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Passing Comments

4th October 1940, Page 14
4th October 1940
Page 14
Page 15
Page 14, 4th October 1940 — Passing Comments
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Which of the following most accurately describes the problem?

Passengers Should TRAVELLERS in public Make Allowances for service -vehicles should have Occasional Irritability some sYmpathy with conduc

tors and exercise a little more tact in dealing with them. Both the latter and drivers are having an extremely trying time, often operating under conditions of great difficulty. One conductor, the other day, who was rather terse with a complaining woman who expected pre-war conditions of travel, remarked afterwards that he had spent nearly all the previous night removing people trapped in bombed buildings.

Smart Coaches Take nNE now sees on the road

on a Drab War-time quite a number of coaches Habit in war-time camouflage, and

rather drab they look, too, when one recalls the smart and pleasing lustre of many of them working under normal conditions, in fact, in peace time the modern coach could be said to be about the best possible advertising unit of the transport 'world. This is not surprising when one remembers that to attract human custom is-somewhat different from seeking to acquire traffic in merchandise. Nevertheless, the average van of the C-licensee is a spick-and-span outfit, which, although not embellished with the superficial adornment of the coach, is workmanlike in appearance and invariably maintained in good condition, so far as the coachwork is concerned. A and B licensees, too, are not without appreciation of the value of a smart turn-out, although their difficulties may be greater. al2 Obviating Relays in r-rHERE has heen a consider•

Payments for W. D A able number of complaints Hire regarding delay in the pay ments by Army Commands of hire charges for road-transport vehicles obtained on behalf of the War Department. Relief has been . obtained in some instances by associations represent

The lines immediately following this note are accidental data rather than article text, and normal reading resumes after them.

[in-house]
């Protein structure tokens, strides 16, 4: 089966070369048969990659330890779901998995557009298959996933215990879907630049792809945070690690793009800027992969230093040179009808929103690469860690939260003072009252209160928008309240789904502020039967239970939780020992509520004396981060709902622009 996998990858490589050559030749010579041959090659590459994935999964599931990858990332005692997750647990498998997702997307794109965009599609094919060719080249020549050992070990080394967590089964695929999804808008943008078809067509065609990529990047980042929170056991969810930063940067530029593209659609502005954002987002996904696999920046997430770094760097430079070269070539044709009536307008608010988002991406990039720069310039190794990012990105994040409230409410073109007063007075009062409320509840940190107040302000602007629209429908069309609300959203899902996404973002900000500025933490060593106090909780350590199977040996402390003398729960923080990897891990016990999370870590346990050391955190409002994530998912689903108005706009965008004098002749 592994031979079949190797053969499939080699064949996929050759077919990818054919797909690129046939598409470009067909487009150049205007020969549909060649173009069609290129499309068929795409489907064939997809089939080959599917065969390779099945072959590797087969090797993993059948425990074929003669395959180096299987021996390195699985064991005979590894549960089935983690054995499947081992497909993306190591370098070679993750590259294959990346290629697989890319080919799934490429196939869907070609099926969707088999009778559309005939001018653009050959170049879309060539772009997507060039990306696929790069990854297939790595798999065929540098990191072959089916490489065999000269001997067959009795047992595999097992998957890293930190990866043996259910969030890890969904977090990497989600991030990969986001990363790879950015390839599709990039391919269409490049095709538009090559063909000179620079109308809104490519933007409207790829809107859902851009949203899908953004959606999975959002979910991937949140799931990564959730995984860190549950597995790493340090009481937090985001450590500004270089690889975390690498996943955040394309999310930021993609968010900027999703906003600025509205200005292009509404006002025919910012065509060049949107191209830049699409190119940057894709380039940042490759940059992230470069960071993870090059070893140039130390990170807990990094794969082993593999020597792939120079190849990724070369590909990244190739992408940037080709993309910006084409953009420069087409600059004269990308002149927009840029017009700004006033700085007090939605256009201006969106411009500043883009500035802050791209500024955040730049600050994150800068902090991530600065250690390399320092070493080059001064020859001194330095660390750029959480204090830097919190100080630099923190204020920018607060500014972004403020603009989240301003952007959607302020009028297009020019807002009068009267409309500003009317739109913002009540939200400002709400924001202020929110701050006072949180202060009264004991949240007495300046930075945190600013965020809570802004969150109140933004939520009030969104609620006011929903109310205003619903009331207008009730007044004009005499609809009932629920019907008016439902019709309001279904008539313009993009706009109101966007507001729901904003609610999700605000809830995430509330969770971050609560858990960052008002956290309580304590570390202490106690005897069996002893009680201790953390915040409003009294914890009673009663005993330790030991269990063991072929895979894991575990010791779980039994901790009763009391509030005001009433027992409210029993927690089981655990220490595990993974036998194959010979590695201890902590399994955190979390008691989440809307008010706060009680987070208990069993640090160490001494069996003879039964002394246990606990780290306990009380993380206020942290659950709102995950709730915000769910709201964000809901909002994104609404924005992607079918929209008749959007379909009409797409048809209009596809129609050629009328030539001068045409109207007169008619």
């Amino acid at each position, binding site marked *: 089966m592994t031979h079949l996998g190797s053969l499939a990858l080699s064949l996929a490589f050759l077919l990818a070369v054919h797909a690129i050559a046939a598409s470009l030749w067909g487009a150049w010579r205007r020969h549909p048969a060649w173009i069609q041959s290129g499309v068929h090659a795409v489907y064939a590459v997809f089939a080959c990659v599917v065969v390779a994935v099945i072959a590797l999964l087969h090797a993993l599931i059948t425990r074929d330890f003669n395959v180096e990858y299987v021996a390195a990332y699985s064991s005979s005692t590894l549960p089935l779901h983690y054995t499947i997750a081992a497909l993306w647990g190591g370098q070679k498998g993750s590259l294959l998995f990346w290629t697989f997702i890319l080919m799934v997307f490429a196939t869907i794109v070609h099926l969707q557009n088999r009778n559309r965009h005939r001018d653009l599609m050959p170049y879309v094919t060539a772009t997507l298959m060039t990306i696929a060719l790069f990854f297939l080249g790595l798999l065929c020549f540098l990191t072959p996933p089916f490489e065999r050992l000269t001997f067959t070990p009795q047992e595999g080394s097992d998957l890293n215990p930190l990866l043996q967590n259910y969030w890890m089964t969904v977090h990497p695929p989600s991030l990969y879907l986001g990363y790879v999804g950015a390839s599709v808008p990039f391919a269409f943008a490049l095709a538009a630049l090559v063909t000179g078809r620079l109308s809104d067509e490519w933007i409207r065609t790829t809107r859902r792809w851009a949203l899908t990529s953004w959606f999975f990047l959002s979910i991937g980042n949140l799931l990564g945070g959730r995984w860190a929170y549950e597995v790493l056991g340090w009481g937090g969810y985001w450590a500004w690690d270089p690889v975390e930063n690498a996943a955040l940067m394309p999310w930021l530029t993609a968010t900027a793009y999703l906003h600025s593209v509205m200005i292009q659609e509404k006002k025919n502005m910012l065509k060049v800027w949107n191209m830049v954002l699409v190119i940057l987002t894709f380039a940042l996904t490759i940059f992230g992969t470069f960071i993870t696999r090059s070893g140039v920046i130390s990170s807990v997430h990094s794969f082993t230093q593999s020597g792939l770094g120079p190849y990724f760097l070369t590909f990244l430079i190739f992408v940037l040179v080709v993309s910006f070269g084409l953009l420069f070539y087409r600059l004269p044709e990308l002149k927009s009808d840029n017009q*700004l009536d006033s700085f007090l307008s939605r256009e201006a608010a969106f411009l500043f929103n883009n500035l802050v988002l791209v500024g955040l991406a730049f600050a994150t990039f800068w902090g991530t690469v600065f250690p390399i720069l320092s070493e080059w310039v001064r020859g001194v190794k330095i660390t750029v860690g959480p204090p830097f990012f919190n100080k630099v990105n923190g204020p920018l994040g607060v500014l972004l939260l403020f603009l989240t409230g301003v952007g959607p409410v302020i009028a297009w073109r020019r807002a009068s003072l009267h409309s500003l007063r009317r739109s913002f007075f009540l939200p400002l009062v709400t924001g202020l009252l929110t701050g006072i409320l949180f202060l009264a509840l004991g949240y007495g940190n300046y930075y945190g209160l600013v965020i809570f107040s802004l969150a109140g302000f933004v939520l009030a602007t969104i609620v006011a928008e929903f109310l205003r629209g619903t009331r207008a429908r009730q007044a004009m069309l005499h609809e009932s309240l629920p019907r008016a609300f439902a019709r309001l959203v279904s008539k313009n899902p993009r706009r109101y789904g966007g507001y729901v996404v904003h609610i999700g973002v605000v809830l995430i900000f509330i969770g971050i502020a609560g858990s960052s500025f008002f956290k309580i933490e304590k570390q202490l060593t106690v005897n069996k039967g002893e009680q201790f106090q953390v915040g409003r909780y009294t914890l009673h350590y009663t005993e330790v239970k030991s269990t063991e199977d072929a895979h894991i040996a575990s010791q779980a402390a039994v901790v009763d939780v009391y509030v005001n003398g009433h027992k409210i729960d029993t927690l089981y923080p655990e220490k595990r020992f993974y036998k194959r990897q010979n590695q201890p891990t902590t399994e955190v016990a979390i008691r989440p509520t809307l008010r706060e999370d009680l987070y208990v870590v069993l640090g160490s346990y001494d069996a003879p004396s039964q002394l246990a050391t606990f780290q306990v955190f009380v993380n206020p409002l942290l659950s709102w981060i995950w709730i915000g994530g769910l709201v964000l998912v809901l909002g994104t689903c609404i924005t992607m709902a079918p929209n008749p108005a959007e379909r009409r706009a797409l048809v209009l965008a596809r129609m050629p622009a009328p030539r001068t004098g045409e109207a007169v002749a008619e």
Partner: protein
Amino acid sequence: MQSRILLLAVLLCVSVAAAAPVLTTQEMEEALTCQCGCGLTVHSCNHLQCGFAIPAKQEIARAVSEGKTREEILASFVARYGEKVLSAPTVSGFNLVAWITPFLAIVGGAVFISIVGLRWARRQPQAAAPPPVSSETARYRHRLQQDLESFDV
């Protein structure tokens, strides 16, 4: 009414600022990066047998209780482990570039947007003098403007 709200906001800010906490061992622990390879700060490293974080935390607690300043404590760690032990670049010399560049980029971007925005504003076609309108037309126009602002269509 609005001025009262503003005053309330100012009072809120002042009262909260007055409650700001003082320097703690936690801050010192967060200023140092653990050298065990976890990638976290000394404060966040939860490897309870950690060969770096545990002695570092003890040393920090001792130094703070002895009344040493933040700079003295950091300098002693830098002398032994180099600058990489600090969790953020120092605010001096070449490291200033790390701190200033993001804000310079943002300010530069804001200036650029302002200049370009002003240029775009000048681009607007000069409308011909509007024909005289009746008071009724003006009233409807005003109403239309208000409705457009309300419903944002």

. ing the owners concerned, and it is suggested that any . others who are justifiably aggrieved through undue . delay should write to the secretaries of their representative associations, giving full details of -the arrangements made and of the amounts outstanding.

Another Easily AvailQOUVENIR hunters are able Source of Scrap "Jbusily engaged in clearing Steel the streets of London and other

places of pieces of shell, shrapnel and bombs. Much of this material, at least -so far as the shell and shrapnel are concerned, is of excellent quality and would, we believe, well repay collection as scrap metal for feeding our everhungry cupolas. There have been suggestions that the steel employed is unsuitable for re-use. This, according to expert metallurgists, is nonsense. Even with shrapnel containing a certain peicentage of antimony, the antimony could easily be .burned or blown off the surface of the molten metal. With a barrage in which hundreds of tons may be flung into the air, it should be possible, with the co operation . of the municipal authorities, to salve quite a large proportion, and collectors should be • told officially that their souvenirs could be much better employed.

Will Light Alloys Constitute Third Metal Age? . . .

WELL-KNOWN people in VI, the field of light metals are alluding to the coming of the Third Metal Age, and state that we are living in the last days of the Iron Age. We have an idea, however, that, at least so far as steel is concerned, those last days will be somewhat extended cMes. Yet there is no doubt that light alloys have made astounding progress during the past few years. At the moment, of course, their employment is restricted by the fact that they are conserved for military and other essential purposes, but when they are once more freely available to all there should be a tremendous advance in their use. In strength to weight, appearance, durability and ease in manufacture they possess outstanding qualities, and there is little doubt that, with increasing demand, prices will drop.

Artificial Sun Baths Promote Workers' Efficiency . . . .

AGREAT many concerns • are studying the welfare and health of their workers by the provision and equipment of solariums. These are particularly beneficial where workers cannot, owing to the nature of their tasks, benefit from natural sunlight. Indoor sun baths are now provided by the Wolseley, Daimler, Ford, Guy and numerous other concerns. Mr. W. M. W. Thomas, managing director of Wolseley Motors, Ltd., has referred to this company's installation more than once in radio broadcast talks, and has stated that over 97 per cent. of the workers take advantage twice a week of the facilities offered, each bath taking only two minutes. In this connection, an intereSting little booklet, "Fitness in Industry," has been sent to us by Hanovia, Ltd., Slough, which has provided much of the equipment.


Organisations: War Department
People: M. W. Thomas
Locations: Slough, London

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